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Why New Jersey’s Most Wanted Fugitive Cop Killer Can’t Be Brought to Justice

Throughout history, there have been enigmatic figures whose actions and decisions continue to captivate the public’s imagination long after their time. One such intriguing persona is JoAnne Chesimard, also known as Assata Shakur.

Born on July 16, 1947, in Queens, New York, JoAnne Chesimard became a prominent figure in the Black Liberation Army (BLA), a radical militant organization active during the 1970s.

The BLA, an offshoot of the Black Panther Party, advocated for racial justice but resorted to violence to achieve its goals. Chesimard was accused of committing various crimes, including bank robberies and the fatal shooting of New Jersey State Trooper Werner Foerster during a shootout on the New Jersey Turnpike in 1973.

In 1977, she was convicted of Trooper Foerster’s murder and sentenced to life in prison. However, her story took a dramatic turn on November 2, 1979, when armed militants, including members of the BLA, orchestrated a daring armed assault on the Clinton Correctional Facility in New Jersey. During this audacious act, Chesimard was freed by her comrades, making a dramatic escape.

Following her escape, Chesimard reportedly found refuge in Cuba, where she sought and was granted political asylum by the Cuban government. Since then, she has remained one of the FBI’s most wanted fugitives, with a reward of up to $1 million for information leading to her capture.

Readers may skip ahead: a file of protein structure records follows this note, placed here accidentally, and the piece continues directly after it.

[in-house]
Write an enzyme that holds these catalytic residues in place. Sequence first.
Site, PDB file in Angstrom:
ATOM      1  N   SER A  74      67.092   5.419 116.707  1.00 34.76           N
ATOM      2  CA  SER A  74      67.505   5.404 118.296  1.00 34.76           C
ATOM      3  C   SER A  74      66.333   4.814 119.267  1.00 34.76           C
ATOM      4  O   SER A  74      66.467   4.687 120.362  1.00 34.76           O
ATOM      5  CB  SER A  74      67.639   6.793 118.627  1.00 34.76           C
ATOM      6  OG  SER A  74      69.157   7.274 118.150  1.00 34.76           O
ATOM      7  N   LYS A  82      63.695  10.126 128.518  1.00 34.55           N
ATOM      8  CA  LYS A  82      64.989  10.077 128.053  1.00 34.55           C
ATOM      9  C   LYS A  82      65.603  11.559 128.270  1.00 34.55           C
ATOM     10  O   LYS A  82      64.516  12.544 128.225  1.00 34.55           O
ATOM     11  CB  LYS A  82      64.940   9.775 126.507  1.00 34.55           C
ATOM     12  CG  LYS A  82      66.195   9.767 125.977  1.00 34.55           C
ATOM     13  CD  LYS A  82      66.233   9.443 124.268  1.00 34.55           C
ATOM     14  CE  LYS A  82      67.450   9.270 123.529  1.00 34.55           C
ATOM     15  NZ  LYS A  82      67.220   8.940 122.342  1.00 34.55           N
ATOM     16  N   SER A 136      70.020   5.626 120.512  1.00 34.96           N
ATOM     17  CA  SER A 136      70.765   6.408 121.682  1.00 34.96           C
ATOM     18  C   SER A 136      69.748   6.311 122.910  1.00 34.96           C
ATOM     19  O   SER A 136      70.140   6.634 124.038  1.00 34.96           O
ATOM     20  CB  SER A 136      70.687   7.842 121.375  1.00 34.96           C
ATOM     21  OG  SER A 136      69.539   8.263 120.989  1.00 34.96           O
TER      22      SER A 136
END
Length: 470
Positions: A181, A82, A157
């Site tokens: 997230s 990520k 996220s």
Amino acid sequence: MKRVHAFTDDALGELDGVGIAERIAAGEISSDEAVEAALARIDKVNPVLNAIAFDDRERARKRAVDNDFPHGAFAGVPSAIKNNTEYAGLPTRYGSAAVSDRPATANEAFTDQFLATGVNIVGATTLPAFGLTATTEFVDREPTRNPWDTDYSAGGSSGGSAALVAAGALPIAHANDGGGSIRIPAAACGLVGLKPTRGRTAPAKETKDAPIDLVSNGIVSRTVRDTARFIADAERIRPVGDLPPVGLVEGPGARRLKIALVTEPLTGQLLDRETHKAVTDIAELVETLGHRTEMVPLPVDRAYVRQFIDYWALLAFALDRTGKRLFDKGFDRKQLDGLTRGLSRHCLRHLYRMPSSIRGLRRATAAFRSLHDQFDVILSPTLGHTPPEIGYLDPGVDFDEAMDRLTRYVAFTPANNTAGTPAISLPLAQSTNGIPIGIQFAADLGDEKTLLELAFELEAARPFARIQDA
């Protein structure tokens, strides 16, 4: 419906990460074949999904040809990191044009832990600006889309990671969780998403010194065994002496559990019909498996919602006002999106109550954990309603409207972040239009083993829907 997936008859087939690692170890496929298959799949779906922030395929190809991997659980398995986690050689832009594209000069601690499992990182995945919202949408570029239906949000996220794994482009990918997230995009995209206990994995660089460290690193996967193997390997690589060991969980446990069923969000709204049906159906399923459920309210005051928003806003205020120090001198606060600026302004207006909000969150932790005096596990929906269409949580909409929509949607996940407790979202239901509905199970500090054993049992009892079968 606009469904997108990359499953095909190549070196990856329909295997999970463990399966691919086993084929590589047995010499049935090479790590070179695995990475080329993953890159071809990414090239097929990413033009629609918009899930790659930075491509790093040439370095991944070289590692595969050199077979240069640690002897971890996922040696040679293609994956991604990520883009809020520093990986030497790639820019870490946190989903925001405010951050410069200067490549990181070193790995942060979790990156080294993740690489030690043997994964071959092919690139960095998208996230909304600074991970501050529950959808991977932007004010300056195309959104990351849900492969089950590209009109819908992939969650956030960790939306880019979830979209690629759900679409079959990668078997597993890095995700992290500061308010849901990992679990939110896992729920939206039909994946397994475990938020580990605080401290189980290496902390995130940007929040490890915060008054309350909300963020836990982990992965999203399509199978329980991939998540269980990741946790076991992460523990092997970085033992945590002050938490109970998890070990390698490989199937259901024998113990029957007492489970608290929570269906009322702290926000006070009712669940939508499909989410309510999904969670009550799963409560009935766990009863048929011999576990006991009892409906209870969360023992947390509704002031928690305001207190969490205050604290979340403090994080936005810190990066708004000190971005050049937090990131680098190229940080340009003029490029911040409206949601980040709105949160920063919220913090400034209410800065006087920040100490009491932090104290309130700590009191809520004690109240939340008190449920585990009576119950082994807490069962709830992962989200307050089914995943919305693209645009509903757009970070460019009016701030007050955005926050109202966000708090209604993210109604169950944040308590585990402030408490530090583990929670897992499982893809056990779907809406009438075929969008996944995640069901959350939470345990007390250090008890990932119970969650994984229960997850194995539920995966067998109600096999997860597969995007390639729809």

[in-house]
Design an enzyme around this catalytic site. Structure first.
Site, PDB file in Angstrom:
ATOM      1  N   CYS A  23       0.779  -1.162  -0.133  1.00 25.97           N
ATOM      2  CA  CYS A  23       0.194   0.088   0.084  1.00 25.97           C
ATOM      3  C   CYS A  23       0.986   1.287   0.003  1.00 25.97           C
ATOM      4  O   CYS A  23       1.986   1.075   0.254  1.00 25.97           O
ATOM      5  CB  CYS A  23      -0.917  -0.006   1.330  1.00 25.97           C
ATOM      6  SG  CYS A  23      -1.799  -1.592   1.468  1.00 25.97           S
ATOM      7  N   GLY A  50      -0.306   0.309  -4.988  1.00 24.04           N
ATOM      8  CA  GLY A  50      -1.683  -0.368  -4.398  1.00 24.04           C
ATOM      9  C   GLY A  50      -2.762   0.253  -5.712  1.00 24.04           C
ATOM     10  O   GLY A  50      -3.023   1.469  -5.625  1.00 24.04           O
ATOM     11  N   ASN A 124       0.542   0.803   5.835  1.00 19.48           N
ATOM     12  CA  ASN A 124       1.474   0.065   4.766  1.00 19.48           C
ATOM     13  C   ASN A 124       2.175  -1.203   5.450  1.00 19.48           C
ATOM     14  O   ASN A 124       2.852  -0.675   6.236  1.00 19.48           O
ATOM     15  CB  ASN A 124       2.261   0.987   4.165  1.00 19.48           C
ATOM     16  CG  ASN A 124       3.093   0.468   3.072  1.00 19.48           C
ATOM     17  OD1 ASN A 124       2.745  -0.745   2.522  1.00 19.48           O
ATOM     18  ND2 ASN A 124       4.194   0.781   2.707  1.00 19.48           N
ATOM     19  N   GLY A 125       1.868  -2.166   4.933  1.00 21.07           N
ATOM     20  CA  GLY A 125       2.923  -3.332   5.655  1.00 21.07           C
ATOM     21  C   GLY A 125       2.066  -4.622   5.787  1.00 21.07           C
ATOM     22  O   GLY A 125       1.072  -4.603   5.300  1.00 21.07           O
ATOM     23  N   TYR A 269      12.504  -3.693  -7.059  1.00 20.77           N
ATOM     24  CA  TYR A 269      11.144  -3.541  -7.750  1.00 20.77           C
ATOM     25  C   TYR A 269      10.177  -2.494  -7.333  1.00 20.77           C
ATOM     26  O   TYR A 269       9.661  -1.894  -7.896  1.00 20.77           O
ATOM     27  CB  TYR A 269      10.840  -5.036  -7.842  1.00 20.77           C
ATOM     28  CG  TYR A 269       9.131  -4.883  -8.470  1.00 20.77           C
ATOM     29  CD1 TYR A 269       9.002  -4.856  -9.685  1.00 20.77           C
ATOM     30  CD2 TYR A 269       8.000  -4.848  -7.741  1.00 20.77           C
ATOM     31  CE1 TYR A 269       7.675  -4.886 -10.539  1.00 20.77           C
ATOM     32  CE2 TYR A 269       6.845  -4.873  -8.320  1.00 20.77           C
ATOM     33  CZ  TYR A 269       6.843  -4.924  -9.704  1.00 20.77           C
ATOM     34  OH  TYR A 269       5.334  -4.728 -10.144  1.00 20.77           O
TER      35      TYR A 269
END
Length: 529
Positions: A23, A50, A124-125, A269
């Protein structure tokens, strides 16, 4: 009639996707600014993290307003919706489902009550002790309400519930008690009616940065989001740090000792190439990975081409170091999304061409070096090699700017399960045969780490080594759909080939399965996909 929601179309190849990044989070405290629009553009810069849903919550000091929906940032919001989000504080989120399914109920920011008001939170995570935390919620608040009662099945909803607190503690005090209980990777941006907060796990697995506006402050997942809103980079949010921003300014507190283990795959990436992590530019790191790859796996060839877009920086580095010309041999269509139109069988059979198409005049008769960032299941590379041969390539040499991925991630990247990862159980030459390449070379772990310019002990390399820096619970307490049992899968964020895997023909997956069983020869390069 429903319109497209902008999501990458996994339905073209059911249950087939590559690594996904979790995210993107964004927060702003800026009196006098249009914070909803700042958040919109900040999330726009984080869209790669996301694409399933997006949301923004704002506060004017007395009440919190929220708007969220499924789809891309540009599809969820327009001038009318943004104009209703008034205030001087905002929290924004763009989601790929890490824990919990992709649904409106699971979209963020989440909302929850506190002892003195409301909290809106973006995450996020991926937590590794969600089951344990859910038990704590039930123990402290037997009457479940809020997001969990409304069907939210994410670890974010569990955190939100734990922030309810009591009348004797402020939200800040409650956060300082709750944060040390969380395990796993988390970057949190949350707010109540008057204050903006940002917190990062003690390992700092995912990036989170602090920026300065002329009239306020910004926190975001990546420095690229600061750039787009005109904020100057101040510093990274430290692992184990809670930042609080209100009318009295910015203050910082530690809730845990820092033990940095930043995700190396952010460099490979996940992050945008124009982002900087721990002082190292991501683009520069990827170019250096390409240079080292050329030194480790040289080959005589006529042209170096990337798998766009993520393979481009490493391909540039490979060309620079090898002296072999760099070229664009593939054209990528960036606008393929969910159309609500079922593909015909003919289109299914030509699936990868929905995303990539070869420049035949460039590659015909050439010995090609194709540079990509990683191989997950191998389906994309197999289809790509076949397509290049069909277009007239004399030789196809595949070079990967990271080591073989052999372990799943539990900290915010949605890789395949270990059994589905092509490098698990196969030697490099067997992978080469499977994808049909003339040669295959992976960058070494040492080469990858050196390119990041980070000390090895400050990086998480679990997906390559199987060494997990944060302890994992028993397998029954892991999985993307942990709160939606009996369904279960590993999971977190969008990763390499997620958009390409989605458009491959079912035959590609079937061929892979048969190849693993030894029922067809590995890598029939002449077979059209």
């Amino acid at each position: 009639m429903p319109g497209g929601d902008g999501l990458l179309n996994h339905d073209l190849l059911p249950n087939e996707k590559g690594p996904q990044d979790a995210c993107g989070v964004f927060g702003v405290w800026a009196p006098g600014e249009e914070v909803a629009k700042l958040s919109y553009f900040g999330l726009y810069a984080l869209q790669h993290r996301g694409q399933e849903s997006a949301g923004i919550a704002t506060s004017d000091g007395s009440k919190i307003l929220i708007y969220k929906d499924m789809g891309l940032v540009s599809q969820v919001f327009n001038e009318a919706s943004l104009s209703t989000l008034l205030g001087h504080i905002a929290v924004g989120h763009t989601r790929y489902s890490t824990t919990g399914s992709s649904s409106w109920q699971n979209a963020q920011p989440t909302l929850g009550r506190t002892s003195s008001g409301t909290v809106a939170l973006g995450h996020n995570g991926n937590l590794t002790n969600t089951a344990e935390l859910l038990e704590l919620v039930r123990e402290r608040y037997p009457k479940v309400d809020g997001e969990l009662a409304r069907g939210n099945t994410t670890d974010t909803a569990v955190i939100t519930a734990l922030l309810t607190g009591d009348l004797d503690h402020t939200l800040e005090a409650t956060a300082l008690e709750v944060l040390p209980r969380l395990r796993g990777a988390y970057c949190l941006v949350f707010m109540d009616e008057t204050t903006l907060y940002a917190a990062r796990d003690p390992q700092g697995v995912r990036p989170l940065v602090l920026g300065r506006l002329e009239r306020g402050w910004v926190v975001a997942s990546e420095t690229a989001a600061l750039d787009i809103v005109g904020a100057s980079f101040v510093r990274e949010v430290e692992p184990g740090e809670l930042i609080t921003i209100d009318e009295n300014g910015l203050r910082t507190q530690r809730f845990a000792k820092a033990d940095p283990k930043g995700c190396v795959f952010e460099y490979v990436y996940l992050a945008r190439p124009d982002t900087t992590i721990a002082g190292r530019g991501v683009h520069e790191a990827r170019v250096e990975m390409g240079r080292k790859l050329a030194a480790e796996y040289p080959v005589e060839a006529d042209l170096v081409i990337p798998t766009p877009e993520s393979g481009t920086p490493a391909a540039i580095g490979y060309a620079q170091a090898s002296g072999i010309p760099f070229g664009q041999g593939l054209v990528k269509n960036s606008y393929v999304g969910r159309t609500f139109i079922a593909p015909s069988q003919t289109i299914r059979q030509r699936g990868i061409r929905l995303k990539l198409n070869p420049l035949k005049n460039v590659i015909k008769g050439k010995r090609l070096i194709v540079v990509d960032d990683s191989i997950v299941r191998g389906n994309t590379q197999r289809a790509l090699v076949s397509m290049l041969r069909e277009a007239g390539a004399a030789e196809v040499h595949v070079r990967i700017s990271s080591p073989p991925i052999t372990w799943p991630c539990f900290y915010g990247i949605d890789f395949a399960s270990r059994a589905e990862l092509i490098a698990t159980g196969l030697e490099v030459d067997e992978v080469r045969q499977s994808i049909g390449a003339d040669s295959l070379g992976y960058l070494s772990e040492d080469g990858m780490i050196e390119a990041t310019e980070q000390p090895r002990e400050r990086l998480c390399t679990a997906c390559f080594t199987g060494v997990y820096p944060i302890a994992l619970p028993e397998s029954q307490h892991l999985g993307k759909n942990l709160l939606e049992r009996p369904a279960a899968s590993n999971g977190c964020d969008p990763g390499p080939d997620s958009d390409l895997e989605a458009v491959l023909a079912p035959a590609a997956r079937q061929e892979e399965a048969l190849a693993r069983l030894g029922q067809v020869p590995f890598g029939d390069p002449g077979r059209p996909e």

As of my last update in September 2021, JoAnne Chesimard’s exact location remains a subject of speculation and intrigue. Her political asylum in Cuba has complicated efforts to apprehend her since Cuba lacks an extradition agreement with the United States. Despite occasional rumors and sightings over the years, none have resulted in her capture.

JoAnne Chesimard’s case remains a contentious and divisive topic. Some view her as a symbol of resistance against perceived injustices and systemic racism during a tumultuous period in American history. Supporters argue that her actions were driven by a genuine desire to challenge oppression and advocate for the rights of African Americans.

On the other hand, others consider her a convicted felon responsible for the death of a law enforcement officer and see her escape to Cuba as an evasion of justice. The tragic loss of Trooper Werner Foerster’s life has left a lasting impact on his family and the law enforcement community.

As the years pass and international relations between the United States and Cuba continue to evolve, the future of JoAnne Chesimard remains uncertain. While she remains on the FBI’s most-wanted list, her current whereabouts reside somewhere in Cuba, under political asylum.

The saga of JoAnne Chesimard will undoubtedly continue to captivate and stir debate among the public. Whether she remains a fugitive or eventually faces justice for her alleged crimes is yet to be determined. Until then, her story remains an intriguing and contentious part of American history.

Paul joined the Manchester Evening News in 2004 and Tosbos in 2022. A senior reporter, he's experienced in crime and court reporting - and also holds the defense portfolio.


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